Tuesday, April 18, 2006
My Learning Plan
I learned to weave 6 years ago. I took a one day workshop which not only introduced me to the steps involved in weaving, but also offered an opportunity to try various types and makes of looms. After that came classes in basic twills, an Atwater-Bronson lace shawl, and doubleweave. Online Guild workshops have included tapestry weaving, triloom weaving, and an introduction to overshot. However, I always felt that I was missing something by this haphazard approach to learning weaving.
It was an Online Guild member who mentioned that she had learned to weave by working her way through Deborah Chandler's Learning to Weave. This sounded like a good idea to me, so I have adopted this plan in hopes of filling in the both my experiential gaps as well as my knowledge gaps.
I decided to start my organized approach to self taught weaving with the log cabin structure. Having seen several examples which used space dyed yarn and because of my love for color, I wanted to do the same. I've been working through a variety of color combinations with a series of scarves.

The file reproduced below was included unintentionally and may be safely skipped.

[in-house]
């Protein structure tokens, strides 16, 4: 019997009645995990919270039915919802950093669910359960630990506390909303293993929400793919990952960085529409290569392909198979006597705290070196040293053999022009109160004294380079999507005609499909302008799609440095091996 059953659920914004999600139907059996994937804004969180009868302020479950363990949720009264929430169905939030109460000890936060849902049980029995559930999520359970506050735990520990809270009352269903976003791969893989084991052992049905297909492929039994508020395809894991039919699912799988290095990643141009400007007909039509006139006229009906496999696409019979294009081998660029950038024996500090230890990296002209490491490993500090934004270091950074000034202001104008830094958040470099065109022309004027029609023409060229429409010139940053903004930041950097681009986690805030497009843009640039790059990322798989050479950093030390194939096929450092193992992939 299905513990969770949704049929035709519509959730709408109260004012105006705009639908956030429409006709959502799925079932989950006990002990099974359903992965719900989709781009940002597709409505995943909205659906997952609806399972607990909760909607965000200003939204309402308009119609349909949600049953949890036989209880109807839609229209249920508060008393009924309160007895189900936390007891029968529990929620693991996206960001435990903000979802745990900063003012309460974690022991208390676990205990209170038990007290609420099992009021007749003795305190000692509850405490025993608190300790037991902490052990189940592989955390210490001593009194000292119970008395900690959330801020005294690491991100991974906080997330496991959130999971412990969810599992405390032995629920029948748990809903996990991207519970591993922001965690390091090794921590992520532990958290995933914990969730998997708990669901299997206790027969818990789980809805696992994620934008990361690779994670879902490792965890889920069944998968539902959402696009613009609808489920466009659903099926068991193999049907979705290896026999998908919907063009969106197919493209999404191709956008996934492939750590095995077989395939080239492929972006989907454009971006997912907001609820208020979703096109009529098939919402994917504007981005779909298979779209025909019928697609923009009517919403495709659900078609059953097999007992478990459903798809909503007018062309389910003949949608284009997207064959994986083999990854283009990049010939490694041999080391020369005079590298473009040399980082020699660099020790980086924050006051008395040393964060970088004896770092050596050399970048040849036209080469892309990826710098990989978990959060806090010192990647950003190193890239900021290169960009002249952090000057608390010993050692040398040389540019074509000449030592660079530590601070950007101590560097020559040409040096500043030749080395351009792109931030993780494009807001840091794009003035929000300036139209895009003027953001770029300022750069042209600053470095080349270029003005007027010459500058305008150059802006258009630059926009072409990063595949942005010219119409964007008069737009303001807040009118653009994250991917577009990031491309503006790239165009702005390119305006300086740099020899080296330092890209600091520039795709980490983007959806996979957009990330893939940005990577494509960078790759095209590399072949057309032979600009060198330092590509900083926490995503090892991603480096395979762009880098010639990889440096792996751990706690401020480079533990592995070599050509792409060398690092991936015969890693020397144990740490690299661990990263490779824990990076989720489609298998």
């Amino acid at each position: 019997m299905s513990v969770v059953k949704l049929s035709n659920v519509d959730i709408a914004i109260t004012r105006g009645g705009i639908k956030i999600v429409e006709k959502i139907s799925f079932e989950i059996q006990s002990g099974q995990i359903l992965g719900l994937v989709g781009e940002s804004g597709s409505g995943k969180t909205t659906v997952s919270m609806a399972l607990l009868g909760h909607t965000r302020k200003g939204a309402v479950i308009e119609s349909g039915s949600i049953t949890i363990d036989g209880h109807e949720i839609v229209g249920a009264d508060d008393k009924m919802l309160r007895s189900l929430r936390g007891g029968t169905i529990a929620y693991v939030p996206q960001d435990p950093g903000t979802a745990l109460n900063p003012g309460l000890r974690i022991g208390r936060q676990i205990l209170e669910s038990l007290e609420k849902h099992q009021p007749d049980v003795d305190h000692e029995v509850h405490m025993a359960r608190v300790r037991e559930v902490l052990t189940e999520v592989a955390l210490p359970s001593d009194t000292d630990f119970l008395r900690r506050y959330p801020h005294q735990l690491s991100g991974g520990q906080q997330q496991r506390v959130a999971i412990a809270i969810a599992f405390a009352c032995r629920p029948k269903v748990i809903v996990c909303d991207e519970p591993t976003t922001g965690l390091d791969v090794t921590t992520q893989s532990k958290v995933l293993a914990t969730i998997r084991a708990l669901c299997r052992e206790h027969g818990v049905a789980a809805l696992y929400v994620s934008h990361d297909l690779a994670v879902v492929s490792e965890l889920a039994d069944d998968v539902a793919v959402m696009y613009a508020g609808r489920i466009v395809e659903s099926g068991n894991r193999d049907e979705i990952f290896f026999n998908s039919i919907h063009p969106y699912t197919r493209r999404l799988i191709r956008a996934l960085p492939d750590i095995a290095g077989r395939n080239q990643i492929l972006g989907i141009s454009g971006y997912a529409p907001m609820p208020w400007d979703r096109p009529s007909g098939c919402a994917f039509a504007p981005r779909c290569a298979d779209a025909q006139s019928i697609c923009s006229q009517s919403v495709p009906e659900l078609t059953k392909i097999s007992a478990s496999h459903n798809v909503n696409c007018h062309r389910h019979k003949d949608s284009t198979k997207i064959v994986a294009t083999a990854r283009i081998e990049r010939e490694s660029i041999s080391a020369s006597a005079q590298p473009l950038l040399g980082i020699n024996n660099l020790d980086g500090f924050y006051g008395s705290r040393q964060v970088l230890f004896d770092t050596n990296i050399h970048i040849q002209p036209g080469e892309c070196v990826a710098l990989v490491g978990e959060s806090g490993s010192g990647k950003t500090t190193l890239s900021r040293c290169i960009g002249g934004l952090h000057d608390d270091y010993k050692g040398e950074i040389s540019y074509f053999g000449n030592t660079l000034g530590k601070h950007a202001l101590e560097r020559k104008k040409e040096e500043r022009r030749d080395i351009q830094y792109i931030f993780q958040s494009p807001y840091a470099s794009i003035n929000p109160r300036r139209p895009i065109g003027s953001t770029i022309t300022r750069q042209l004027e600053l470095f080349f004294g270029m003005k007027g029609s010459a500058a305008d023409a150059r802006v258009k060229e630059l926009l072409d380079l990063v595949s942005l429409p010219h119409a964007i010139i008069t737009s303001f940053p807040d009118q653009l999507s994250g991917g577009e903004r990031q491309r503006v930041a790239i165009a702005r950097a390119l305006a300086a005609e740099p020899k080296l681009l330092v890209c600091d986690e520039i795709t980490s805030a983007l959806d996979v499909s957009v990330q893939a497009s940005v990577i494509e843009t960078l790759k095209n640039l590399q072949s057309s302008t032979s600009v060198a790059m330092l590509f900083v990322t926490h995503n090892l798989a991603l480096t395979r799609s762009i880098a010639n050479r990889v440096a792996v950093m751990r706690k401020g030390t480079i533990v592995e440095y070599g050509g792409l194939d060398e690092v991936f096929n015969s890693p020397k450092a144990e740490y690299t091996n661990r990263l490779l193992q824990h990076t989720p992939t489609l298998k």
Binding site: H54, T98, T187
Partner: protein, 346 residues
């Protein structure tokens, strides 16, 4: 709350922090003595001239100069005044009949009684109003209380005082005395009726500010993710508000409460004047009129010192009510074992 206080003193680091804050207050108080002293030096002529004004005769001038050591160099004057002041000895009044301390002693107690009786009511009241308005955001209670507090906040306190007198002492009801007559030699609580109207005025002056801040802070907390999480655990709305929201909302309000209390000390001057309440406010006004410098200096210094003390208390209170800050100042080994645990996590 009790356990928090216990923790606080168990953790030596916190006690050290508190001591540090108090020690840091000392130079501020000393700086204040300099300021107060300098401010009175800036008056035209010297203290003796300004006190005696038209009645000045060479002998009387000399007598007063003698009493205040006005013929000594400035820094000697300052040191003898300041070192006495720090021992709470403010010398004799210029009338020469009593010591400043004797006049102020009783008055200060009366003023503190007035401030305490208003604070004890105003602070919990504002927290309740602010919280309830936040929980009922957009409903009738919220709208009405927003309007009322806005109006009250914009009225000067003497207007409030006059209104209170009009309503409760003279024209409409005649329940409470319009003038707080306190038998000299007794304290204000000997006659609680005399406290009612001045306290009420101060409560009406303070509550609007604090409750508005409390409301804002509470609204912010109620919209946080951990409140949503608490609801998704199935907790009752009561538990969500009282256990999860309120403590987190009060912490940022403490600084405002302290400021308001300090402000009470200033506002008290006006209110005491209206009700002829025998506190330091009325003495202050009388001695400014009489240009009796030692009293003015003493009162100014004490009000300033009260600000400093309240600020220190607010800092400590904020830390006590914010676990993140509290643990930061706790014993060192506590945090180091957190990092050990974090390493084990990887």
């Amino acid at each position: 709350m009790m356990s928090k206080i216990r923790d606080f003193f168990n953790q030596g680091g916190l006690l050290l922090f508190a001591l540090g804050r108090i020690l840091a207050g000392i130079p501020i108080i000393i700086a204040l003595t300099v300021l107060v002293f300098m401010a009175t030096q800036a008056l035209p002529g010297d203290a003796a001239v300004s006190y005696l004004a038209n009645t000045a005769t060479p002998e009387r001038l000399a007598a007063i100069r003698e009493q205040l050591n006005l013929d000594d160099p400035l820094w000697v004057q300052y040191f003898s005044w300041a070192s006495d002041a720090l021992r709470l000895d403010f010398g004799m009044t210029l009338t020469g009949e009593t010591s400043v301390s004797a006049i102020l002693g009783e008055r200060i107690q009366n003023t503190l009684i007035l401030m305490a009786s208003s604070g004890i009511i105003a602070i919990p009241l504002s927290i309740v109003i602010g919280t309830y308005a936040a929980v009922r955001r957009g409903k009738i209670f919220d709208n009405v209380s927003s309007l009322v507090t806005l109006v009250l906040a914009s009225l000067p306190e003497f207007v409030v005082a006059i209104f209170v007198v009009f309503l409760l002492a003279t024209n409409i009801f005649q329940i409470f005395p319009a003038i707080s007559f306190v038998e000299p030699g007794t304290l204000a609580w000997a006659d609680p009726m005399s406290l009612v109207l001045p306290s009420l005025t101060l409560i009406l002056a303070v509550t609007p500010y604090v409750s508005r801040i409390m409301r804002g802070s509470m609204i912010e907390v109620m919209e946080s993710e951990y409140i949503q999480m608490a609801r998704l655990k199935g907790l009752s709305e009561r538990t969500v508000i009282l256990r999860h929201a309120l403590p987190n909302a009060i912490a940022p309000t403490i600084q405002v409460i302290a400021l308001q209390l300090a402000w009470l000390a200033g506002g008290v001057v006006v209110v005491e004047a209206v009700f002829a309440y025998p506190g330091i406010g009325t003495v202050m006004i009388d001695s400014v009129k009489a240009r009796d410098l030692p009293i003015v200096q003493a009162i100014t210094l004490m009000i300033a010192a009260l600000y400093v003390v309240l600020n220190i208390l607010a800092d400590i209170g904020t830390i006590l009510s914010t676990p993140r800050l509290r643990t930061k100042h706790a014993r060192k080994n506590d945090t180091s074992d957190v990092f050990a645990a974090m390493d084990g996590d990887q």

One of my biggest frustrations when I started weaving were getting the tension even (welcome to the club, right?). I have woven miles of smiles in regards to fell, and miles of frowns in regards to my face!
The thing that helped tremendously was learning to lash the warp on to the front apron rod instead of tying on. Peg introduced me to this method a couple of years ago, and after a little practice I discovered it was much easier to achieve an even tension with this method. Things improved quite a bit after that, though I still admit that I have occasional problems.
One new thing I decided to try with this series of log cabin scarves is the way I join a new weft. I've tried overlapping and tucking in, but wasn't completely with the visible results. I've also tried simply leaving weft ends hanging out of the selvedges to be cut off later, but never felt very secure with that, unless the fabric was to be used in a sewing project. I never tried unwrapping the plies because that seemed too fussy, but decided to give it a try anyway. Now I am finding that it gives the nicest visual results, so I'm happy that I gave it a try.